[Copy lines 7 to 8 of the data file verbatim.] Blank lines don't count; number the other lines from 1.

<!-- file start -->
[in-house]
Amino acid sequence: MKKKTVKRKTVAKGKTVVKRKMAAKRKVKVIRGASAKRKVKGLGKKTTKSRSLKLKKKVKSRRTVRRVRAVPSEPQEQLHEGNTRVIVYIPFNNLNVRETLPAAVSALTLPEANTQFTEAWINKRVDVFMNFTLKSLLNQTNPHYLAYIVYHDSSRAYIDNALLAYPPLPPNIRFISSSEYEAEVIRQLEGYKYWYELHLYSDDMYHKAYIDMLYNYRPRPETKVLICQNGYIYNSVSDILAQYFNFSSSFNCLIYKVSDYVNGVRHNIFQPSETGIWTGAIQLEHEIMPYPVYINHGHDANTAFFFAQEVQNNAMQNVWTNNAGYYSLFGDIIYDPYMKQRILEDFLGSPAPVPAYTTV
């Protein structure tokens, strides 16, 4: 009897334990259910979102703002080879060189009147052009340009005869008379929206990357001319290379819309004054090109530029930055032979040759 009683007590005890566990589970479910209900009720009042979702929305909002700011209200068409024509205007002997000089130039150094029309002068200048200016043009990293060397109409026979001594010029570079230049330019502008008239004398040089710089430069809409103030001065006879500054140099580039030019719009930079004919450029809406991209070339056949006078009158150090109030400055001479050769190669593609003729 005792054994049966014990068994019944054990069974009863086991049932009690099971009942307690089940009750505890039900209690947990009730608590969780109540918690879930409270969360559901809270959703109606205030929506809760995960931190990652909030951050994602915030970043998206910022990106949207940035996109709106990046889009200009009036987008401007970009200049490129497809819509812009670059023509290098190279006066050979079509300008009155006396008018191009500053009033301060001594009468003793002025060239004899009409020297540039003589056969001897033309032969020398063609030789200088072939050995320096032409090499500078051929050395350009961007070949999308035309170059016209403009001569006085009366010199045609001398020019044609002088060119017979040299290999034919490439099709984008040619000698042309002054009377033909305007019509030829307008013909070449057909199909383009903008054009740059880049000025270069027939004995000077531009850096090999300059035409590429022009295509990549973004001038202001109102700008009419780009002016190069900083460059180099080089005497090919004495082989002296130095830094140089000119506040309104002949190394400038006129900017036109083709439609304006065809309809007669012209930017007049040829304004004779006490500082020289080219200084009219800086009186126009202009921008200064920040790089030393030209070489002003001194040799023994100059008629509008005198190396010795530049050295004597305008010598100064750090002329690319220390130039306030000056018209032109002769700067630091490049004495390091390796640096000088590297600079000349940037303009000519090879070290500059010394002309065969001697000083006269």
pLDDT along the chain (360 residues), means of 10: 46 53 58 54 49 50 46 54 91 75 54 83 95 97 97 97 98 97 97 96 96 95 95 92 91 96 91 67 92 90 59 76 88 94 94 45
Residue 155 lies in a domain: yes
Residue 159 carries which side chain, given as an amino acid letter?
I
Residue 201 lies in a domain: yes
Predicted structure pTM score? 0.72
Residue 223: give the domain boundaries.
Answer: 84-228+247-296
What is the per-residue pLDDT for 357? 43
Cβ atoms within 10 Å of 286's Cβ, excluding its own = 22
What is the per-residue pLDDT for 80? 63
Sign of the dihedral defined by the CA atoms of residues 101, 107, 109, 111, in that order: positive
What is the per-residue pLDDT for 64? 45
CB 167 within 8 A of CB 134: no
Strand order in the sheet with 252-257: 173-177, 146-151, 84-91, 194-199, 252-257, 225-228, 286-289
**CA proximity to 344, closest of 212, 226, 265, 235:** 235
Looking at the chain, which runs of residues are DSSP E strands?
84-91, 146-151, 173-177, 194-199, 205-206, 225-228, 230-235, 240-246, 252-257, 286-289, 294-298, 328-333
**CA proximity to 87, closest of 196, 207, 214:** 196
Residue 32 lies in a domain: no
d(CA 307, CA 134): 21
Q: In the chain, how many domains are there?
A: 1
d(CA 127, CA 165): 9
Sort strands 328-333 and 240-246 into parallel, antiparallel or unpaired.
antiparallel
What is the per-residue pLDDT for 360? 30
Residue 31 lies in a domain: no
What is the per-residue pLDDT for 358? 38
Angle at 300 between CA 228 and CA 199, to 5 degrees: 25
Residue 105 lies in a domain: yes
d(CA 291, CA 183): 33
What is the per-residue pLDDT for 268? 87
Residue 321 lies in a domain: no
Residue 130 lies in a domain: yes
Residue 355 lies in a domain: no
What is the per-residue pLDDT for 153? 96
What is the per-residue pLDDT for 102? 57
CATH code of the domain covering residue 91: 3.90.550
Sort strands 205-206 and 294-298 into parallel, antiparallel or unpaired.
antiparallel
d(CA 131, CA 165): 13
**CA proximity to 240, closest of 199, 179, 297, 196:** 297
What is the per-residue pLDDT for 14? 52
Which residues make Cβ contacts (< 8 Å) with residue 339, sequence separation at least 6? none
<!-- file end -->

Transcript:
I
Residue 201 lies in a domain: yes